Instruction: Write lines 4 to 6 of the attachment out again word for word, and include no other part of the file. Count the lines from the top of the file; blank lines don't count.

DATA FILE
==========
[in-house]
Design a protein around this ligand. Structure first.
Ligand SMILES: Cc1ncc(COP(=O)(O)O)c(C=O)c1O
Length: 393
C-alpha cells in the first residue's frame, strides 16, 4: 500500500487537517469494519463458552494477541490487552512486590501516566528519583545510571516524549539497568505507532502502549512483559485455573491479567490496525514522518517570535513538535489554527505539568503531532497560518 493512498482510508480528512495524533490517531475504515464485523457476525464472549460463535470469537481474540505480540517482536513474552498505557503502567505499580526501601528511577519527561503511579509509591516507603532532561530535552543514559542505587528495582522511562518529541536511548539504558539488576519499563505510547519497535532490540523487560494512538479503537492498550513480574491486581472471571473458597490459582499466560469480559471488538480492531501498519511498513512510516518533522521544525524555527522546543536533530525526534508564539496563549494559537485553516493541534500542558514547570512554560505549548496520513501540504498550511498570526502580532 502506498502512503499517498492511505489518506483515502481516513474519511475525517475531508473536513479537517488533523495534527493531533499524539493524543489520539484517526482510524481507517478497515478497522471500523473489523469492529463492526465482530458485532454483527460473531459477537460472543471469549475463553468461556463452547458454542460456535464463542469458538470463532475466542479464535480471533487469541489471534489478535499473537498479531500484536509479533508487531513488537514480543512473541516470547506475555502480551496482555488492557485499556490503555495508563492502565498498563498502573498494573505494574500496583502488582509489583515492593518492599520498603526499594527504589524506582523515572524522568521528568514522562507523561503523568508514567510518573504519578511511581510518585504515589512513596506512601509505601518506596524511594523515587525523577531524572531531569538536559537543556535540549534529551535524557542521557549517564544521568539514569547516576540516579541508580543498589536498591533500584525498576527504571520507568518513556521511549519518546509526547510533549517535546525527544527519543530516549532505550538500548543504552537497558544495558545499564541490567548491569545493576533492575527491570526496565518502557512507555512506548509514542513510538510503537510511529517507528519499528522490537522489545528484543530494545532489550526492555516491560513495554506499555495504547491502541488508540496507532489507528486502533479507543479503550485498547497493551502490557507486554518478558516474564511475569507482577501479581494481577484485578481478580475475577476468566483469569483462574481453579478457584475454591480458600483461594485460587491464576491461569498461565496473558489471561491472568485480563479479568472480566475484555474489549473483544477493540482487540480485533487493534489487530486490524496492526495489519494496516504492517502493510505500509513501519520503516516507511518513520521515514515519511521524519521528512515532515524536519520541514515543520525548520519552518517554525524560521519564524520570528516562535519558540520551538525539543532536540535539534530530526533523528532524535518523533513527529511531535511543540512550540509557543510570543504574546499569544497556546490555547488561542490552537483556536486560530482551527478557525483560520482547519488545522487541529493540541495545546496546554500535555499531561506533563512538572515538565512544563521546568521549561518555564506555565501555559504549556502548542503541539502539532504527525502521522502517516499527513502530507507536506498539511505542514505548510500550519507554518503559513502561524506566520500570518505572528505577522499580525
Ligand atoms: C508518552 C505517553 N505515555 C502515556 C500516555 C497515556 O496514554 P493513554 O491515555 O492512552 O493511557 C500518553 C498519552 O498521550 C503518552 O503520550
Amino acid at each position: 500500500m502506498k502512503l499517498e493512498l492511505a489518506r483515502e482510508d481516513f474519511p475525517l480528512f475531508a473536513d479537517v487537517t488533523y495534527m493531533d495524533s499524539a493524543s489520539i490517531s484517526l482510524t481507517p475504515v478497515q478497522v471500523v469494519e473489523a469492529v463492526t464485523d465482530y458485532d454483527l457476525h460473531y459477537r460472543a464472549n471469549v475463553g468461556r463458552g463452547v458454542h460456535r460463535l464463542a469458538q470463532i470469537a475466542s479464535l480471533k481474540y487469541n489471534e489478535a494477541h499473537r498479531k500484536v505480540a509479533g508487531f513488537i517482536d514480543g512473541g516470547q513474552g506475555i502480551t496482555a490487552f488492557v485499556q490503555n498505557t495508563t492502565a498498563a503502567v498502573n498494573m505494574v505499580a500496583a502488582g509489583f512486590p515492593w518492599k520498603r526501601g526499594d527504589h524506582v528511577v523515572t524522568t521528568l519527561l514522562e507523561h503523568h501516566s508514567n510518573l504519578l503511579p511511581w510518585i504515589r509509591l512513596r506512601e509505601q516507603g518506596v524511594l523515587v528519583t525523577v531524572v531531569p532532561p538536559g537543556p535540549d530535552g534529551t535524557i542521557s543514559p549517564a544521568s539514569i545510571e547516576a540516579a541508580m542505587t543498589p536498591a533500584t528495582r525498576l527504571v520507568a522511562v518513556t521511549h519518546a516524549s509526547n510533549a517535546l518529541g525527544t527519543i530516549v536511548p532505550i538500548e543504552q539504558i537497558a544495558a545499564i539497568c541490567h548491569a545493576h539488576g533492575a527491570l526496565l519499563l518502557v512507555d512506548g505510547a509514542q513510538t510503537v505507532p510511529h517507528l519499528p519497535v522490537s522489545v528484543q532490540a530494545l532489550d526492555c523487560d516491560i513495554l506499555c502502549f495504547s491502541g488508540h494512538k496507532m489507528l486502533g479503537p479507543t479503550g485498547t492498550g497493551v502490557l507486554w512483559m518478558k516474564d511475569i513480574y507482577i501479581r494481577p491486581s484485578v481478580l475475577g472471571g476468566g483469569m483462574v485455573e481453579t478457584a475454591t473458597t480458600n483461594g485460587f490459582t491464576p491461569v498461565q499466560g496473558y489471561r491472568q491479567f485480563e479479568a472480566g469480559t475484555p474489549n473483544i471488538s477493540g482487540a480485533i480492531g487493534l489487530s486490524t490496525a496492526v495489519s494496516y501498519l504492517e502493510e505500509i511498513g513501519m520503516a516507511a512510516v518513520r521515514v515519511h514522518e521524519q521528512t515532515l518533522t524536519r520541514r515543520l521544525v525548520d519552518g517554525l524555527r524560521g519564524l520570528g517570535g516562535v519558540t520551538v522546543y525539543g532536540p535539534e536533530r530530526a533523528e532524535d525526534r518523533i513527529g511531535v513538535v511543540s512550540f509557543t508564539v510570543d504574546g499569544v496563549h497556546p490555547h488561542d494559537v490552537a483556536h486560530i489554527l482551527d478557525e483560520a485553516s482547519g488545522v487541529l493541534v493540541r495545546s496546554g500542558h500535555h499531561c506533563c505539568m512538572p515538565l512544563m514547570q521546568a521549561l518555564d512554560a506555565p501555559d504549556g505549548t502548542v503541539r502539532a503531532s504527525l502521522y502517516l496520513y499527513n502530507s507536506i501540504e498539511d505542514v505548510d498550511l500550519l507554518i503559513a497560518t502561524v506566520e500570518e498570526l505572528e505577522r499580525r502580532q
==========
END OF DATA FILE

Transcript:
Length: 393
C-alpha cells in the first residue's frame, strides 16, 4: 500500500487537517469494519463458552494477541490487552512486590501516566528519583545510571516524549539497568505507532502502549512483559485455573491479567490496525514522518517570535513538535489554527505539568503531532497560518 493512498482510508480528512495524533490517531475504515464485523457476525464472549460463535470469537481474540505480540517482536513474552498505557503502567505499580526501601528511577519527561503511579509509591516507603532532561530535552543514559542505587528495582522511562518529541536511548539504558539488576519499563505510547519497535532490540523487560494512538479503537492498550513480574491486581472471571473458597490459582499466560469480559471488538480492531501498519511498513512510516518533522521544525524555527522546543536533530525526534508564539496563549494559537485553516493541534500542558514547570512554560505549548496520513501540504498550511498570526502580532 502506498502512503499517498492511505489518506483515502481516513474519511475525517475531508473536513479537517488533523495534527493531533499524539493524543489520539484517526482510524481507517478497515478497522471500523473489523469492529463492526465482530458485532454483527460473531459477537460472543471469549475463553468461556463452547458454542460456535464463542469458538470463532475466542479464535480471533487469541489471534489478535499473537498479531500484536509479533508487531513488537514480543512473541516470547506475555502480551496482555488492557485499556490503555495508563492502565498498563498502573498494573505494574500496583502488582509489583515492593518492599520498603526499594527504589524506582523515572524522568521528568514522562507523561503523568508514567510518573504519578511511581510518585504515589512513596506512601509505601518506596524511594523515587525523577531524572531531569538536559537543556535540549534529551535524557542521557549517564544521568539514569547516576540516579541508580543498589536498591533500584525498576527504571520507568518513556521511549519518546509526547510533549517535546525527544527519543530516549532505550538500548543504552537497558544495558545499564541490567548491569545493576533492575527491570526496565518502557512507555512506548509514542513510538510503537510511529517507528519499528522490537522489545528484543530494545532489550526492555516491560513495554506499555495504547491502541488508540496507532489507528486502533479507543479503550485498547497493551502490557507486554518478558516474564511475569507482577501479581494481577484485578481478580475475577476468566483469569483462574481453579478457584475454591480458600483461594485460587491464576491461569498461565496473558489471561491472568485480563479479568472480566475484555474489549473483544477493540482487540480485533487493534489487530486490524496492526495489519494496516504492517502493510505500509513501519520503516516507511518513520521515514515519511521524519521528512515532515524536519520541514515543520525548520519552518517554525524560521519564524520570528516562535519558540520551538525539543532536540535539534530530526533523528532524535518523533513527529511531535511543540512550540509557543510570543504574546499569544497556546490555547488561542490552537483556536486560530482551527478557525483560520482547519488545522487541529493540541495545546496546554500535555499531561506533563512538572515538565512544563521546568521549561518555564506555565501555559504549556502548542503541539502539532504527525502521522502517516499527513502530507507536506498539511505542514505548510500550519507554518503559513502561524506566520500570518505572528505577522499580525
Ligand atoms: C508518552 C505517553 N505515555 C502515556 C500516555 C497515556 O496514554 P493513554 O491515555 O492512552 O493511557 C500518553 C498519552 O498521550 C503518552 O503520550